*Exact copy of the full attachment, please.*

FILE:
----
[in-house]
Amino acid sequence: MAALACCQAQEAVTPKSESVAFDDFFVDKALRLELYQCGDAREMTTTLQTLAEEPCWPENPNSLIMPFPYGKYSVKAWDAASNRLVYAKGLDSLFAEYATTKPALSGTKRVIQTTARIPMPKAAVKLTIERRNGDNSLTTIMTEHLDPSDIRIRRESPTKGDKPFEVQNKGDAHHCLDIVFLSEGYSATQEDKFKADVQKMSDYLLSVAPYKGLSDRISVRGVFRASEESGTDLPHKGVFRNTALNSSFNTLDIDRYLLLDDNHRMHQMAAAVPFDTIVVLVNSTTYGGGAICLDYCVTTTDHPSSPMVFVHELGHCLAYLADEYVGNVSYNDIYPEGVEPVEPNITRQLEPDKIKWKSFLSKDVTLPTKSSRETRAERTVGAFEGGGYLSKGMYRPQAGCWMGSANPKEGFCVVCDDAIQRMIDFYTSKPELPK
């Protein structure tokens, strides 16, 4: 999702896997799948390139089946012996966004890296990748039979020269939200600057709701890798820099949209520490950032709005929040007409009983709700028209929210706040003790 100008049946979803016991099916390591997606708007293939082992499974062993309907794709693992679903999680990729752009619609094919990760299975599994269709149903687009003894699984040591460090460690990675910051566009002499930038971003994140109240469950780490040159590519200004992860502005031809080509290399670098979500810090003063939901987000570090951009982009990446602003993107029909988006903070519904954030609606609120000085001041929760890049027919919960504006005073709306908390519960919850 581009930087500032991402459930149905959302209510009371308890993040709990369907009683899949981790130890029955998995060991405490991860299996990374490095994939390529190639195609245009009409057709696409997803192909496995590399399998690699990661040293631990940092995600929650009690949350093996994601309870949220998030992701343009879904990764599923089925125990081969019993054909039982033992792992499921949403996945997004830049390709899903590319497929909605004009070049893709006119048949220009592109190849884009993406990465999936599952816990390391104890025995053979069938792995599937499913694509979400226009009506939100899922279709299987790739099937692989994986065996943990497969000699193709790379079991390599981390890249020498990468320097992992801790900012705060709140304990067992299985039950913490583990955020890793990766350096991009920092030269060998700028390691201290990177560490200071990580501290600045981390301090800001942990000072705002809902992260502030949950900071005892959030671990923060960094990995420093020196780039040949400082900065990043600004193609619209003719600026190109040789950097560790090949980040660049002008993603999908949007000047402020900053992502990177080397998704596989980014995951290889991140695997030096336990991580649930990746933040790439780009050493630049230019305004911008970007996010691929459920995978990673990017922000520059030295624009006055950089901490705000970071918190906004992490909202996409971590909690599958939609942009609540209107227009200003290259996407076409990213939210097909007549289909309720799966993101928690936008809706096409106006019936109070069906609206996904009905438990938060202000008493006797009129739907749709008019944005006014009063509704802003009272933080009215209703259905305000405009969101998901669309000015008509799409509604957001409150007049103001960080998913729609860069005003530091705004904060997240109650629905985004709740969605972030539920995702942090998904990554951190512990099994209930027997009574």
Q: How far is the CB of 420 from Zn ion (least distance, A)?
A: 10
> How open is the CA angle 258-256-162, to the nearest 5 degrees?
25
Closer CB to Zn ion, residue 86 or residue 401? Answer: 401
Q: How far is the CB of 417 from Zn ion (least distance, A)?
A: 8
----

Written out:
[in-house]
Amino acid sequence: MAALACCQAQEAVTPKSESVAFDDFFVDKALRLELYQCGDAREMTTTLQTLAEEPCWPENPNSLIMPFPYGKYSVKAWDAASNRLVYAKGLDSLFAEYATTKPALSGTKRVIQTTARIPMPKAAVKLTIERRNGDNSLTTIMTEHLDPSDIRIRRESPTKGDKPFEVQNKGDAHHCLDIVFLSEGYSATQEDKFKADVQKMSDYLLSVAPYKGLSDRISVRGVFRASEESGTDLPHKGVFRNTALNSSFNTLDIDRYLLLDDNHRMHQMAAAVPFDTIVVLVNSTTYGGGAICLDYCVTTTDHPSSPMVFVHELGHCLAYLADEYVGNVSYNDIYPEGVEPVEPNITRQLEPDKIKWKSFLSKDVTLPTKSSRETRAERTVGAFEGGGYLSKGMYRPQAGCWMGSANPKEGFCVVCDDAIQRMIDFYTSKPELPK
């Protein structure tokens, strides 16, 4: 999702896997799948390139089946012996966004890296990748039979020269939200600057709701890798820099949209520490950032709005929040007409009983709700028209929210706040003790 100008049946979803016991099916390591997606708007293939082992499974062993309907794709693992679903999680990729752009619609094919990760299975599994269709149903687009003894699984040591460090460690990675910051566009002499930038971003994140109240469950780490040159590519200004992860502005031809080509290399670098979500810090003063939901987000570090951009982009990446602003993107029909988006903070519904954030609606609120000085001041929760890049027919919960504006005073709306908390519960919850 581009930087500032991402459930149905959302209510009371308890993040709990369907009683899949981790130890029955998995060991405490991860299996990374490095994939390529190639195609245009009409057709696409997803192909496995590399399998690699990661040293631990940092995600929650009690949350093996994601309870949220998030992701343009879904990764599923089925125990081969019993054909039982033992792992499921949403996945997004830049390709899903590319497929909605004009070049893709006119048949220009592109190849884009993406990465999936599952816990390391104890025995053979069938792995599937499913694509979400226009009506939100899922279709299987790739099937692989994986065996943990497969000699193709790379079991390599981390890249020498990468320097992992801790900012705060709140304990067992299985039950913490583990955020890793990766350096991009920092030269060998700028390691201290990177560490200071990580501290600045981390301090800001942990000072705002809902992260502030949950900071005892959030671990923060960094990995420093020196780039040949400082900065990043600004193609619209003719600026190109040789950097560790090949980040660049002008993603999908949007000047402020900053992502990177080397998704596989980014995951290889991140695997030096336990991580649930990746933040790439780009050493630049230019305004911008970007996010691929459920995978990673990017922000520059030295624009006055950089901490705000970071918190906004992490909202996409971590909690599958939609942009609540209107227009200003290259996407076409990213939210097909007549289909309720799966993101928690936008809706096409106006019936109070069906609206996904009905438990938060202000008493006797009129739907749709008019944005006014009063509704802003009272933080009215209703259905305000405009969101998901669309000015008509799409509604957001409150007049103001960080998913729609860069005003530091705004904060997240109650629905985004709740969605972030539920995702942090998904990554951190512990099994209930027997009574």
Q: How far is the CB of 420 from Zn ion (least distance, A)?
A: 10
> How open is the CA angle 258-256-162, to the nearest 5 degrees?
25
Closer CB to Zn ion, residue 86 or residue 401? Answer: 401
Q: How far is the CB of 417 from Zn ion (least distance, A)?
A: 8